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Edward Woodward

Edward Woodward

Edward Woodward's career as an actor has spanned plays, musical theater, recordings, television series, and movies.

He joined the Royal Shakespeare Company, and played (among other roles) Mercutio in Romeo and Juliet; Laertes in Hamlet; Thaliard in Pericles; and Don Claudio in Much Ado About Nothing. He later starred in Rattle of a Simple Man in the West End and on Broadway, and was chosen by Noel Coward to star on Broadway in High Spirits, the musical adaptation of the play Blithe Spirit.

Mr. Woodward's West End stage appearances over the years have also included Cyrano de Bergerac (in the title role) and The White Devil, both for the National Theatre under Laurence Olivier; [A Tale of] Two Cities (for which he won the Variety Club Award for Best Performance in a Musical); The Beggar's Opera (as Macheath); Private Lives; Babes in the Wood (at the London Palladium); and Richard III (at the Ludlow Festival). More recently, he played the title role in Leonard Preston's play Goodbye Gilbert Harding.

Of his television work, he is best-known for two enormously popular series in which he starred -- Callan and The Equalizer. The U.K. espionage drama Callan ran for five years, earning him a BAFTA Award and spawning a follow-up film of the same name (directed by Don Sharp) and a telefilm sequel (Wet Job, directed by Shaun O'Riordan), both with Mr. Woodward reprising his role of David Callan. A decade later, the U.S. action drama The Equalizer, in which he played Robert McCall, ran for four years. He won a Golden Globe Award, and was a multiple Emmy Award nominee, for playing the latter character.

His other notable television work includes the documentary World War II (his narration of which earned him an Emmy Award); the series Common As Muck and The New Professionals; headlining three The Edward Woodward Hour specials; portraying F. Scott Fitzgerald in A Dream Divided; playing Sherlock Holmes in Hands of a Murderer (directed by Stuart Orme); playing Simon Legree in Uncle Tom's Cabin (directed by Stan Lathan, and for which Mr. Woodward received a CableACE Award nomination); starring opposite Laurence Olivier in his production of Saturday, Sunday, Monday (directed by Alan Bridges); Clive Donner's telefilms A Christmas Carol (1984) and Arthur the King (a.k.a. Merlin and the Sword); starring on Alfred Hitchcock Presents (for which he received an Emmy Award nomination); and, most recently, the miniseries Five Days (soon to air in the U.S.; directed by Otto Bathurst and Simon Curtis).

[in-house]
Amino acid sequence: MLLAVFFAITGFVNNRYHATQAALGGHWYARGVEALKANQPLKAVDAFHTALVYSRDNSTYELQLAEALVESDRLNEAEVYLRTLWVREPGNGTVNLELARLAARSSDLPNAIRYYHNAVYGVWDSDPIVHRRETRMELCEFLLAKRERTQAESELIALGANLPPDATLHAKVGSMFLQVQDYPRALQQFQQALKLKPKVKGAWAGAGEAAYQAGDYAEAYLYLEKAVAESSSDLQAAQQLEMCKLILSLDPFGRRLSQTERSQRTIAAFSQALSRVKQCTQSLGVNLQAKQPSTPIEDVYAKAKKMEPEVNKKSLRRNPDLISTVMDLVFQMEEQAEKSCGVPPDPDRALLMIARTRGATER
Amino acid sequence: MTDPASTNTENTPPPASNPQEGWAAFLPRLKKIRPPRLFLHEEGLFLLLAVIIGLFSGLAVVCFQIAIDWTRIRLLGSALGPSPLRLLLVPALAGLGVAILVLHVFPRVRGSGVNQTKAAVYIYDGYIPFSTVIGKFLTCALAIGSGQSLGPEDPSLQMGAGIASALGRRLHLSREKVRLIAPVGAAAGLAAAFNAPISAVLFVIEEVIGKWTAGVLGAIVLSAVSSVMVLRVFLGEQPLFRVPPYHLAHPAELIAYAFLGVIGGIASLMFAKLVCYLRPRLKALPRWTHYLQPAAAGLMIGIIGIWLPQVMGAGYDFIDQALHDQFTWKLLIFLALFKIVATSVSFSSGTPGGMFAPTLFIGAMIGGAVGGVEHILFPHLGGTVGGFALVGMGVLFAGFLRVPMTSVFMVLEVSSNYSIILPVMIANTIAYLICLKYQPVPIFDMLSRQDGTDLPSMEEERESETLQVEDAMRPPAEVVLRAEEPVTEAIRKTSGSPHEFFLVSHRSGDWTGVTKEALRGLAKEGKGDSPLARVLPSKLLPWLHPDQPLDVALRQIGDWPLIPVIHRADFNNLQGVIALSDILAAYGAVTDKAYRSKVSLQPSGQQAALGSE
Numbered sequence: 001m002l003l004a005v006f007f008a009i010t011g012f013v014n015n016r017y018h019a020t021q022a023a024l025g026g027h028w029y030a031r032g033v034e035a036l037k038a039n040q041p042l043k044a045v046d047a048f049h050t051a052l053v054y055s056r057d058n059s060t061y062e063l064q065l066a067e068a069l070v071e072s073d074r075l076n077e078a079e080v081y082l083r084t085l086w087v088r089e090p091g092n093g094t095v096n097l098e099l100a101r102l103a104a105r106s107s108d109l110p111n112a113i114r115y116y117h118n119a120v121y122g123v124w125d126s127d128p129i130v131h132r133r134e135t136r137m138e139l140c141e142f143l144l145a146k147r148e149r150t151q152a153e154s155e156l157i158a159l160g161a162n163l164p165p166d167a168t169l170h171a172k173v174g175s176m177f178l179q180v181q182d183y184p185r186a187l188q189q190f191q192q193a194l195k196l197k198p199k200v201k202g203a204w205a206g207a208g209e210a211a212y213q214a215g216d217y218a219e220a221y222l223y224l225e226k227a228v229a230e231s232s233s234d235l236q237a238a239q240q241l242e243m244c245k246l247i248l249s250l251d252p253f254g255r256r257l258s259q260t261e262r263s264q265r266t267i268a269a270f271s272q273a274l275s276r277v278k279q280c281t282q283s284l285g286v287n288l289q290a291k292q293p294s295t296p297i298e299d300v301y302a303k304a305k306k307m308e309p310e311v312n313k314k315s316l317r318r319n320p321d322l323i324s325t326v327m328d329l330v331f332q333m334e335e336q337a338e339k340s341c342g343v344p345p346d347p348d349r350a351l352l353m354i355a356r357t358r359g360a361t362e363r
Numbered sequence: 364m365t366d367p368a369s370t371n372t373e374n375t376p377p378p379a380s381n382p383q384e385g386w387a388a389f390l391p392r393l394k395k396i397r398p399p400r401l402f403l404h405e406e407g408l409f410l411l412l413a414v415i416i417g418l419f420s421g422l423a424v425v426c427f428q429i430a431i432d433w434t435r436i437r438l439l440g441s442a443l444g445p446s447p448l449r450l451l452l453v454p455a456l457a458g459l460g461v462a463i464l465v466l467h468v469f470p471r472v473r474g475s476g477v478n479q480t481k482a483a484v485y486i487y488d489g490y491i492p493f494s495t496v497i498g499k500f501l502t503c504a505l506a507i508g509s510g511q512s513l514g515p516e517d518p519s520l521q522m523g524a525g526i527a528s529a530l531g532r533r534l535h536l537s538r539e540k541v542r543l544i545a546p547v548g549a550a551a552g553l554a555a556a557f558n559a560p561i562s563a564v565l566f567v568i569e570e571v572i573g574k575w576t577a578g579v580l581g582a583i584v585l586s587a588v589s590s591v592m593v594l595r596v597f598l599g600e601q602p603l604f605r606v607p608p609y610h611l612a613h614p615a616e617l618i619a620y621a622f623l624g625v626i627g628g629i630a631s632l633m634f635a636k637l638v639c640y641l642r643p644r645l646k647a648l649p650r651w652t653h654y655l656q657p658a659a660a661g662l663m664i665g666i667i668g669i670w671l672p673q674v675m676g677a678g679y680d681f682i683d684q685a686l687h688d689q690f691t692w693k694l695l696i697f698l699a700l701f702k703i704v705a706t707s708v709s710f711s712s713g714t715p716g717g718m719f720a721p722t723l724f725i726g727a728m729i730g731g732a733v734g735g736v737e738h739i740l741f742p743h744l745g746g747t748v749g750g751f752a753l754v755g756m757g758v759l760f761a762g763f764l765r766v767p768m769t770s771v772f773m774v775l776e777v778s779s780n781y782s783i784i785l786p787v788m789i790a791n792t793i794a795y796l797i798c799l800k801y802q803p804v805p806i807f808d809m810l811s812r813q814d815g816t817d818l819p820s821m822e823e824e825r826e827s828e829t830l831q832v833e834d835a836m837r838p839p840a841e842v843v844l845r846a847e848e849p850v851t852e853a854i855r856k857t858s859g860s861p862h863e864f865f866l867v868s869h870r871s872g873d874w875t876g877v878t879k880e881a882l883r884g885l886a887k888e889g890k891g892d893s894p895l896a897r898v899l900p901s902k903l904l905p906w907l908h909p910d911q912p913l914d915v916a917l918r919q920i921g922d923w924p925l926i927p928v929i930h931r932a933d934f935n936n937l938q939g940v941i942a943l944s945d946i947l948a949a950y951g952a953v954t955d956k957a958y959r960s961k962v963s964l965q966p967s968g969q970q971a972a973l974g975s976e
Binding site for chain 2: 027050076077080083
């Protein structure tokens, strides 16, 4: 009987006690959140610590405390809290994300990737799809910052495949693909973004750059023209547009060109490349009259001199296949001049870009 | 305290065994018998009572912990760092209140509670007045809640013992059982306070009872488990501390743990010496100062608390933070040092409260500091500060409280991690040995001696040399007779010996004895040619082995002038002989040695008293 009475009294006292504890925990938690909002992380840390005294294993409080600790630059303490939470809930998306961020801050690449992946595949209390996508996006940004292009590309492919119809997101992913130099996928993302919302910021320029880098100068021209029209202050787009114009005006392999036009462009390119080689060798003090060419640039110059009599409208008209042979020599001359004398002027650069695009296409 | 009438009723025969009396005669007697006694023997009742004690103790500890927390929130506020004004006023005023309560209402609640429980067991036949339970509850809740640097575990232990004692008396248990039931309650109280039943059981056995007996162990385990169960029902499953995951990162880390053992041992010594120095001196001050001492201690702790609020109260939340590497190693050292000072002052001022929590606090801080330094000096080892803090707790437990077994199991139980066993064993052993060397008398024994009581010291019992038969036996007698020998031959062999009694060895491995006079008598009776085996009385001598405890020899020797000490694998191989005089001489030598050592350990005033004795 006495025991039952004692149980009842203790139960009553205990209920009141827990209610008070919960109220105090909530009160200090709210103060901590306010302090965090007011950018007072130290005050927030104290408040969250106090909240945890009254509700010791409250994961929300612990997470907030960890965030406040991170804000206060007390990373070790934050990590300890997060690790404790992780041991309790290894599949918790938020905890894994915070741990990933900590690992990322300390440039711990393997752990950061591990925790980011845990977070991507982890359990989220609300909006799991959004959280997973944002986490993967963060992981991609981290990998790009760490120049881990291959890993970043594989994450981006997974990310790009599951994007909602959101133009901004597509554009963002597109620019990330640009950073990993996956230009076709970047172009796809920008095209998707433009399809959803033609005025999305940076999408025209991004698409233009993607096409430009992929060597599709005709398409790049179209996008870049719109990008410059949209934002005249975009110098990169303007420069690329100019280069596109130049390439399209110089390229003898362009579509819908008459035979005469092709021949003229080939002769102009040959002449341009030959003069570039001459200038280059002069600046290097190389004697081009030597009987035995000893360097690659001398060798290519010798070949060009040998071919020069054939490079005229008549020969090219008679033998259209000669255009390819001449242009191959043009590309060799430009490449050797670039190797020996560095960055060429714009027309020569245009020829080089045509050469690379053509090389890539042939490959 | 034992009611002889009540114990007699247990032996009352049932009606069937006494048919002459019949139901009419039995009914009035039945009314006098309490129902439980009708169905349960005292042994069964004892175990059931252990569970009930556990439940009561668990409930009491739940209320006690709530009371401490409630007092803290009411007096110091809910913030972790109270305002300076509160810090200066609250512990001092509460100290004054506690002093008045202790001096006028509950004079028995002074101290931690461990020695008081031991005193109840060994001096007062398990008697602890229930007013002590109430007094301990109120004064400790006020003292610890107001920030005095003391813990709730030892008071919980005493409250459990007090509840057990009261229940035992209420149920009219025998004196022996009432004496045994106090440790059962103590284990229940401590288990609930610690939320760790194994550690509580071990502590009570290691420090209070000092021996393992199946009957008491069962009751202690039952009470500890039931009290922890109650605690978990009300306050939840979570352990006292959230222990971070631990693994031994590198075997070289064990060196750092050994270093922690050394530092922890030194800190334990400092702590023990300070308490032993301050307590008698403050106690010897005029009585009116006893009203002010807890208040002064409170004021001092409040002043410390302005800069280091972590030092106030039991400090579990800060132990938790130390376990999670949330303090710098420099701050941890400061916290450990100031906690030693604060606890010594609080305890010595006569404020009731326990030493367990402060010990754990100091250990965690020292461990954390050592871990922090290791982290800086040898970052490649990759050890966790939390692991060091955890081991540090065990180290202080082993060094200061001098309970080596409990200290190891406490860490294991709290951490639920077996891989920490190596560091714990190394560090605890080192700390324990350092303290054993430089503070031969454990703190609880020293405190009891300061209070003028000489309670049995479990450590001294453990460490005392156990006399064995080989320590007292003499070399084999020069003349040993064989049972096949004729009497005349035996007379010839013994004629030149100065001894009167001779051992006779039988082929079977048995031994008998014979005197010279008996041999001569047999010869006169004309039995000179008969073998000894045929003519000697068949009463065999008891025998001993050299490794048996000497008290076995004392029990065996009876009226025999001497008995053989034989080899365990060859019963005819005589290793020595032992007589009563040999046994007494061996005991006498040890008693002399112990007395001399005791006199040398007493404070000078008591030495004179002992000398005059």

Of his film work, he is best-known for his lead roles in two classic movies -- Bruce Beresford's 'Breaker' Morant (which brought him an Australian Film Institute Award nomination) and Robin Hardy's The Wicker Man (1973). His other notable films include Peter Glenville's Becket; Richard Attenborough's Young Winston; and Bruce Beresford's Mister Johnson.

He has recorded twelve solo albums (three of which have gone gold), in addition to the 'Breaker' Morant soundtrack album (from which the single Soldiers of the Queen went onto the charts) and the Two Cities cast album.

Mr. Woodward has been honored with an OBE (Order of the British Empire).

Note: This profile was written in or before 2007.
Read earlier biographies on this page.

Edward Woodward Facts

Birth NameEdward Albert Arthur Woodward
BirthdayJune 1, 1930 (88)
BirthplaceCroydon, England, United Kingdom
Awards1987 Golden Globe Awards: Best Actor in a Television Series - Drama (for The Equalizer)

Selected Filmography

Death at Dawn
The World's End / Hot Fuzz / Shaun of the Dead Trilogy
Hot Fuzz
Equalizer//Complete Collection
Say Anything...
Blood and Oil
A Christmas Carol
The Three Faces of Eve
Breaker Morant
Continue » Find more details on the Edward Woodward Movies page